As these changes in American society infiltrate personal actions, business decisions and public policies, they can generate positive, creative human development. But they can also generate confusion, fear and denial -- often both. And that mix triggers reactionary beliefs and behavior. Here are a few examples.
Fears Become Policy
Irrational Policy Advocacy: Virtually all economists have debunked the claim that continued tax cuts for the rich will help the economy, yet that continues to be proclaimed as gospel. Similarly discredited is the argument that stripping away the economic base of middle- and working-class people and those in need will boost the economy and create new jobs. As Washington Post columnist E. J. Dionne put it, these polices are "built on heaping sacrifice onto the poor," and "bestowing benefits on the rich ... asking for give-backs from the least advantaged and least powerful in our society [while] delivering yet more benefits to the wealthiest people in our society ... [and that] ought to force middle-of-the-roaders to take sides."
Anti-Science Is A Virtue: Denial of climate change is now essential ideology for the new reactionaries. Despite the fact that virtually all climate scientists confirm the reality and facts of climate change and the looming crisis it creates, the Tea Party/GOP has staffed the House Energy Committee with vocal deniers of climate change facts. Another branch of the same tree: Many new reactionaries express skepticism or outright rejection of evolution. As is the case with all fear-driven positions, some actually believe the falsehoods; others have manipulative objectives, such as maintaining their vested interest in the oil industry's money, or solidifying their credentials with their voting constituency.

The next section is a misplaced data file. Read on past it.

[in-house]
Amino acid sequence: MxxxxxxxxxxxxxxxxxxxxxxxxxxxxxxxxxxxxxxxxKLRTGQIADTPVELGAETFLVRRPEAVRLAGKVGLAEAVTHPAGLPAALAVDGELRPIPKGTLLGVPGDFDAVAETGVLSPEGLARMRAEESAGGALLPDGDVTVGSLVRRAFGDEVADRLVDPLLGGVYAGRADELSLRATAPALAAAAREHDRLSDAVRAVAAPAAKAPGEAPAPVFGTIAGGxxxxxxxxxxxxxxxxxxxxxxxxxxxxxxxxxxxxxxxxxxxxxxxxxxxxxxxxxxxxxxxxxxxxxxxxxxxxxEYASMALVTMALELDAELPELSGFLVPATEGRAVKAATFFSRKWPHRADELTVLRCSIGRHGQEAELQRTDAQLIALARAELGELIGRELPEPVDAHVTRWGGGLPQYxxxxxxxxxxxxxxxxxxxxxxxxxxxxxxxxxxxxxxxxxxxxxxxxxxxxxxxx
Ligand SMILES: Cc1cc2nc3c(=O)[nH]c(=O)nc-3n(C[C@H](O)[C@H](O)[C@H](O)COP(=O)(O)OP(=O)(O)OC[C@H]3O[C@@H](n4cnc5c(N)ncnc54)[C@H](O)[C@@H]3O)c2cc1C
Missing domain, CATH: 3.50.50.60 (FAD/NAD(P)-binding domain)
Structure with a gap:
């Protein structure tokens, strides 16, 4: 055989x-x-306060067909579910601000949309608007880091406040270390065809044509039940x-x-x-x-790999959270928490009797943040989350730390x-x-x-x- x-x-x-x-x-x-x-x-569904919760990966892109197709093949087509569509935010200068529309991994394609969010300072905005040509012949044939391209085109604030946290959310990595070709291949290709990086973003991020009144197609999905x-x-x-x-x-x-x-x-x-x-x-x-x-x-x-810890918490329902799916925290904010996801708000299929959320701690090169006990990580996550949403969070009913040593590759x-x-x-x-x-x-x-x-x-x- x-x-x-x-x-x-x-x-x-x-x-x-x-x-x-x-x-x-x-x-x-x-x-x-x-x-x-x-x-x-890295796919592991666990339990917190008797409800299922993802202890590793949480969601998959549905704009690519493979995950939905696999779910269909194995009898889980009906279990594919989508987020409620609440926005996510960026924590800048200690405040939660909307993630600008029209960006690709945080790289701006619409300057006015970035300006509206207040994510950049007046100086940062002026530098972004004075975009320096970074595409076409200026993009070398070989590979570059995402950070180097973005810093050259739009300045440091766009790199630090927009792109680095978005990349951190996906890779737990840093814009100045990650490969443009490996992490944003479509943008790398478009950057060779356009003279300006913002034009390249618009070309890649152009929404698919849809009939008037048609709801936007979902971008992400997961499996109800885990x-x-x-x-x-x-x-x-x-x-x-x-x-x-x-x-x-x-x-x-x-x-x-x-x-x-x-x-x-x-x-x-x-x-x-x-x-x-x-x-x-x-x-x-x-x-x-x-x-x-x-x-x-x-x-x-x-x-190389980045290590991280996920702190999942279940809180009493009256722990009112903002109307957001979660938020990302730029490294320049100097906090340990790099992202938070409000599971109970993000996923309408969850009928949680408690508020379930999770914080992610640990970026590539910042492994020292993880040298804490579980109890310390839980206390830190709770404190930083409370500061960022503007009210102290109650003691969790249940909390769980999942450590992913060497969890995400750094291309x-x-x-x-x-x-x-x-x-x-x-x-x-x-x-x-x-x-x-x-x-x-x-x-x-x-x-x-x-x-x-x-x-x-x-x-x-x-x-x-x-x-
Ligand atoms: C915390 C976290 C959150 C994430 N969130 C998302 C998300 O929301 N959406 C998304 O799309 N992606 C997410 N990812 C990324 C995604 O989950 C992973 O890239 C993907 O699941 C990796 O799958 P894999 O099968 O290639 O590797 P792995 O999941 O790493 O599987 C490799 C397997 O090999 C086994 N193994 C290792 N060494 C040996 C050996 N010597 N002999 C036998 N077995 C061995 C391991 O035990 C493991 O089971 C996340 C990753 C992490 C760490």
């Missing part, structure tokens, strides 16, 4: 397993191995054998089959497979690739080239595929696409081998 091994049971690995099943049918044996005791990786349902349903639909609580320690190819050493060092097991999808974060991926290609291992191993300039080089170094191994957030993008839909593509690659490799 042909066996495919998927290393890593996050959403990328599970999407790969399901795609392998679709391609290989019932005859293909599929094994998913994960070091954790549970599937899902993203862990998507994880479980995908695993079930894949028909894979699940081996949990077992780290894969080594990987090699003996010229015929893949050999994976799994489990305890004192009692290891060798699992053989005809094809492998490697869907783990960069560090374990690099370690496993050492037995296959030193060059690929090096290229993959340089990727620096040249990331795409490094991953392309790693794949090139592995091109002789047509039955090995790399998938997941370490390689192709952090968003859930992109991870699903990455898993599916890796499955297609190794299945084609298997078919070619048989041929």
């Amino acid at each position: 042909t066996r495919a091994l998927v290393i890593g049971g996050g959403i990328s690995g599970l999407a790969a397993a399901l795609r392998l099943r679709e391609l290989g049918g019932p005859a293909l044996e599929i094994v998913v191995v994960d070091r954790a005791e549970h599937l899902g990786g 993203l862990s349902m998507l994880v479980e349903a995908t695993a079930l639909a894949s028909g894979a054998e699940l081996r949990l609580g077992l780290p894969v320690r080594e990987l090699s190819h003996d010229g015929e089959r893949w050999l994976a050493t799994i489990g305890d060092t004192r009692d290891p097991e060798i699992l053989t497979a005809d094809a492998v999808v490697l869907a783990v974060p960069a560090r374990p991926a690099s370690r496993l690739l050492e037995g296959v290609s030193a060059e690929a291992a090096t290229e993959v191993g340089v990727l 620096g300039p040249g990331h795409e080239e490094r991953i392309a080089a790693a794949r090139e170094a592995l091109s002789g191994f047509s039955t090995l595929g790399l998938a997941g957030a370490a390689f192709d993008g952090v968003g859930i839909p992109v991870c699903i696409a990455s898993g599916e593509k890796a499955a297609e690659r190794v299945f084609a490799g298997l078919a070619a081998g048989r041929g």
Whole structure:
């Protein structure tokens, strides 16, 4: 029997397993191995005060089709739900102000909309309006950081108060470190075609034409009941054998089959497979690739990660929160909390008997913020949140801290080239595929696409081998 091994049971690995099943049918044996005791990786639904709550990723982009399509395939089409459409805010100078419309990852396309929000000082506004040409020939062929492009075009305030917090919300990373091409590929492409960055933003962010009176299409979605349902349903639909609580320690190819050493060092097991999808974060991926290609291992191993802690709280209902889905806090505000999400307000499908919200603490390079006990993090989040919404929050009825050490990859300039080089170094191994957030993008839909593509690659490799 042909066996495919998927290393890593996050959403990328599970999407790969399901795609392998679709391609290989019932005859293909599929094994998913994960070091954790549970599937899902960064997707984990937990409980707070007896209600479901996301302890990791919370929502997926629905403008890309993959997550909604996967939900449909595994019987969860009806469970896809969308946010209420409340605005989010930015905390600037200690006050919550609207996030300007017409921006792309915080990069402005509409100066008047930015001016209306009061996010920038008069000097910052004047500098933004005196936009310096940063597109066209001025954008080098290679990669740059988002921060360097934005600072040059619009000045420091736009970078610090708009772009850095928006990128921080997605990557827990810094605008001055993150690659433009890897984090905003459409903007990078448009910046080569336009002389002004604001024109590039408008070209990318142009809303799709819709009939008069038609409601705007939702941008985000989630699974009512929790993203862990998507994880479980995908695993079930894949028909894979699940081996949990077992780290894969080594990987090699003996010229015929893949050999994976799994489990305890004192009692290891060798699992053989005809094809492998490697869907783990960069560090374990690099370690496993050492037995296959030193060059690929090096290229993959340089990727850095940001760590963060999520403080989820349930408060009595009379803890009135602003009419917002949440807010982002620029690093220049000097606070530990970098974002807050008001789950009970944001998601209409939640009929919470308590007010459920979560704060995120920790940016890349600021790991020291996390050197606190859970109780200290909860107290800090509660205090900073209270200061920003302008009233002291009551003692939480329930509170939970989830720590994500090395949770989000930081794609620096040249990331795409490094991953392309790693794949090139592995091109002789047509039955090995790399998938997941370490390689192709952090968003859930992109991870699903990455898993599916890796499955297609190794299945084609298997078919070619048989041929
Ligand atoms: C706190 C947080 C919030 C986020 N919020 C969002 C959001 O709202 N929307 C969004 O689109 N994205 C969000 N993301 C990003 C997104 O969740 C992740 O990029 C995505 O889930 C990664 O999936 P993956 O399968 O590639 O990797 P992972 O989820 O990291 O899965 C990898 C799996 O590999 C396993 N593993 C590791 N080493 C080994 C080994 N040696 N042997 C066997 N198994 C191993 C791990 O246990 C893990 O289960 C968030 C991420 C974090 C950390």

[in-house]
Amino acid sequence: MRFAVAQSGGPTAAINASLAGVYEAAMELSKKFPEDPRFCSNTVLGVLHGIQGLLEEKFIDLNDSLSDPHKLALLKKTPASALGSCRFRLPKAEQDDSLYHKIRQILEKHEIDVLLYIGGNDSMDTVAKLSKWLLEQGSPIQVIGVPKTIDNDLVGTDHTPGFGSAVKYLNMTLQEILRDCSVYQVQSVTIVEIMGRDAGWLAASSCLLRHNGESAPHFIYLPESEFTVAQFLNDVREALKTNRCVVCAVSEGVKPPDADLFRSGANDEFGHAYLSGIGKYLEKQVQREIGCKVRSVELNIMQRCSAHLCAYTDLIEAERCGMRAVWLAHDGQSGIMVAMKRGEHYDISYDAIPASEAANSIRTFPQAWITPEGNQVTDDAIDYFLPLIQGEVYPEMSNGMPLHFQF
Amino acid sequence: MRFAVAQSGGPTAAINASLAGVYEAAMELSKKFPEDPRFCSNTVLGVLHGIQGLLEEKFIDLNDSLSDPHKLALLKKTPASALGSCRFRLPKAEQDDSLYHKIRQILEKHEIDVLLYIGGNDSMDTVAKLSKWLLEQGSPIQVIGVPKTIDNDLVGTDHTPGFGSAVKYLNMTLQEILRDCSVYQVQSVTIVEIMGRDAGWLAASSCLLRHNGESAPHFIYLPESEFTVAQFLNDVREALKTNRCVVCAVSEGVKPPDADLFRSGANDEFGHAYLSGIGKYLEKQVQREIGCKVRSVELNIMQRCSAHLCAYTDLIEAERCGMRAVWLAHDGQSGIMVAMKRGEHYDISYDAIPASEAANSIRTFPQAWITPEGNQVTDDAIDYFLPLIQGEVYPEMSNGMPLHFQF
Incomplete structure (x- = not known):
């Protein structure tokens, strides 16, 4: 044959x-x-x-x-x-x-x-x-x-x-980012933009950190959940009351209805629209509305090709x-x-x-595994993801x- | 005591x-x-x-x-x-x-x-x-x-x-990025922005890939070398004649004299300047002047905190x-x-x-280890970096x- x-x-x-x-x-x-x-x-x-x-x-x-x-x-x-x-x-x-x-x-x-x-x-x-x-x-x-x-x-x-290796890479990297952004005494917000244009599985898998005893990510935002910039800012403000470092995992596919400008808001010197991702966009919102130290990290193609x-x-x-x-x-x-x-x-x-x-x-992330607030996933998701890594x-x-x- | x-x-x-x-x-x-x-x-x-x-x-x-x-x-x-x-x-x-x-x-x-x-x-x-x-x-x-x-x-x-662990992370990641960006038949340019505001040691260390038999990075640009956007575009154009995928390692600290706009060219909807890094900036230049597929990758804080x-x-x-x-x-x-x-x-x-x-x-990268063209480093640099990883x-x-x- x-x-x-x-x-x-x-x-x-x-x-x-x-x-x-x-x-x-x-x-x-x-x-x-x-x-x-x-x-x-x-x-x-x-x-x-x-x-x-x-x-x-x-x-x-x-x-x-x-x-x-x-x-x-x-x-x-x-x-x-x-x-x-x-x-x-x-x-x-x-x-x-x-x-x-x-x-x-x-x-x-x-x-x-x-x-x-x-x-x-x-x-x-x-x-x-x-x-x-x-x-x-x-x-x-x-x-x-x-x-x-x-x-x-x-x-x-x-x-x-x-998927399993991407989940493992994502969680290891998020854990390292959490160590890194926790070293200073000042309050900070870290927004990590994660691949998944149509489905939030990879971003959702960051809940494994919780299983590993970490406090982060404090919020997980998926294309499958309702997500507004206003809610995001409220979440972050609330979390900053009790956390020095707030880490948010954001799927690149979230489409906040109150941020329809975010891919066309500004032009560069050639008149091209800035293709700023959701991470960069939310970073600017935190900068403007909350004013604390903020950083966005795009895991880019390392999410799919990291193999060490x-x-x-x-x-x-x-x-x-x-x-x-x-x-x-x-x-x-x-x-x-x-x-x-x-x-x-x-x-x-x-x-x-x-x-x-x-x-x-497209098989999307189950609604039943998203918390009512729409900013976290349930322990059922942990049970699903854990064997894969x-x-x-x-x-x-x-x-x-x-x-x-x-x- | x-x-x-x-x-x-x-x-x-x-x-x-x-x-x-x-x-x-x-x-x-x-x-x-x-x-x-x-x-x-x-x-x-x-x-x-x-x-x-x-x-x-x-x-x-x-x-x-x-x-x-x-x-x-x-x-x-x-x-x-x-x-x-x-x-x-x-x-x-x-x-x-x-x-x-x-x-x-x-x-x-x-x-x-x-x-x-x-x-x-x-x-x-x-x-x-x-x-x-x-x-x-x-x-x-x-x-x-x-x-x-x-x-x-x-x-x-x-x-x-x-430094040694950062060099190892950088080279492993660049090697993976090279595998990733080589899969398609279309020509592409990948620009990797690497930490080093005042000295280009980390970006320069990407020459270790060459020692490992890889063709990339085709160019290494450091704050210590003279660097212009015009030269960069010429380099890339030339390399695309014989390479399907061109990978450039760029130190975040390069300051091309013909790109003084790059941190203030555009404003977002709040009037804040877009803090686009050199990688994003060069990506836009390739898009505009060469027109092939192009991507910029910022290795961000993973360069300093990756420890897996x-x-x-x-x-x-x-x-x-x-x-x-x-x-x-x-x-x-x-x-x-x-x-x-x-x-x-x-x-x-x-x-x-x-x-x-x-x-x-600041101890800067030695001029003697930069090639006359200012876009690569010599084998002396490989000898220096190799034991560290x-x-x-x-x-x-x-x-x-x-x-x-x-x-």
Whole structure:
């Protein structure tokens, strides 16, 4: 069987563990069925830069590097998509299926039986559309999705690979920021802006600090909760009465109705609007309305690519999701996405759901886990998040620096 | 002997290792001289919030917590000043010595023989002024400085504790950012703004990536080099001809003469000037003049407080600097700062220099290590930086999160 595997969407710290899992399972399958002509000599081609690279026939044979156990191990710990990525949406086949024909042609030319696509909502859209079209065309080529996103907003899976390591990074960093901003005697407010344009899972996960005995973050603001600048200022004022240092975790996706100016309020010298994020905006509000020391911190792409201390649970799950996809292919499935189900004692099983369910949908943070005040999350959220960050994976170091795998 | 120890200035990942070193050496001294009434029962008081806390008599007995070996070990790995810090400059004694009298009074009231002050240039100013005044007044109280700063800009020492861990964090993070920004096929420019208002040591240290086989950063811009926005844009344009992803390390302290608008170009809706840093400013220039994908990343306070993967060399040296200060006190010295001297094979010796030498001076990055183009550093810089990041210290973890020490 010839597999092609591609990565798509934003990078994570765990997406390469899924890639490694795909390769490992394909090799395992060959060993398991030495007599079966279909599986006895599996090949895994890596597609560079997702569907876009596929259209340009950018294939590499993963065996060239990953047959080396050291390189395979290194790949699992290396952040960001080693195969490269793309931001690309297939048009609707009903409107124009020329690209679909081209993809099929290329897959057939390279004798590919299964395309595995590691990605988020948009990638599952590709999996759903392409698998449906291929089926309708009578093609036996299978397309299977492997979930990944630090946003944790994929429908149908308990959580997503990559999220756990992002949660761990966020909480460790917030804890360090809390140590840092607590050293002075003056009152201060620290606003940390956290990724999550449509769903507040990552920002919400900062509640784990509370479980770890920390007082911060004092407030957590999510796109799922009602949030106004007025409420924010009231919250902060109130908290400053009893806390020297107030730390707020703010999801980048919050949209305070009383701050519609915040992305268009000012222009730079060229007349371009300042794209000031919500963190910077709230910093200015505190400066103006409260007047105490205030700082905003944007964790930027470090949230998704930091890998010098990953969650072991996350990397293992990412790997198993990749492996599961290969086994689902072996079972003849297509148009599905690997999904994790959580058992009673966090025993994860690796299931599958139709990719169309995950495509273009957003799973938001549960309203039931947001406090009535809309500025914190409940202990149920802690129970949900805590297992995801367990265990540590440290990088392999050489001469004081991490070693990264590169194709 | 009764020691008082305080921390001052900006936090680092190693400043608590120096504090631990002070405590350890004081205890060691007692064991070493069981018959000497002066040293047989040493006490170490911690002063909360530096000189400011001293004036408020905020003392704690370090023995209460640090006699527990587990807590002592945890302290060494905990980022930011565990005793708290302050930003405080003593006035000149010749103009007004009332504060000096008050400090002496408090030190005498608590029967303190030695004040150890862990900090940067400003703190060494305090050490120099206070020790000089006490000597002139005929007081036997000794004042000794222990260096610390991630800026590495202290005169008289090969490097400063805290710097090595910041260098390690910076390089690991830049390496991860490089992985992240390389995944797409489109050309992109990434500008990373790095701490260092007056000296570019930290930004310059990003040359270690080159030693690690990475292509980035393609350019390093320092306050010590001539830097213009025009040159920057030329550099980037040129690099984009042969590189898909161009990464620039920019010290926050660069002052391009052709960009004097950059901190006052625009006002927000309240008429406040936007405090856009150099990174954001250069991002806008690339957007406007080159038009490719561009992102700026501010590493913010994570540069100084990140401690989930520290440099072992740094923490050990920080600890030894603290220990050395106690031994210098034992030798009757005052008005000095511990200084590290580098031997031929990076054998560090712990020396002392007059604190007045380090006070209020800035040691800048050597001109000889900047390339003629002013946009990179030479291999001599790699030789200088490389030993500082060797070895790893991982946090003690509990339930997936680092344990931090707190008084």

Glorifying Ignorance: Disdain for factual knowledge is evident among those who say, in essence, that ignorance is good because it shows you're "one of the people" who know better than those "educated elites." One example: Rep. Michele Bachmann's claim that the founding fathers weren't slaveowners at all, but that they in fact ended slavery. The position here seems to be that it's desirable to know little if anything about facts or historical events that have shaped our nation.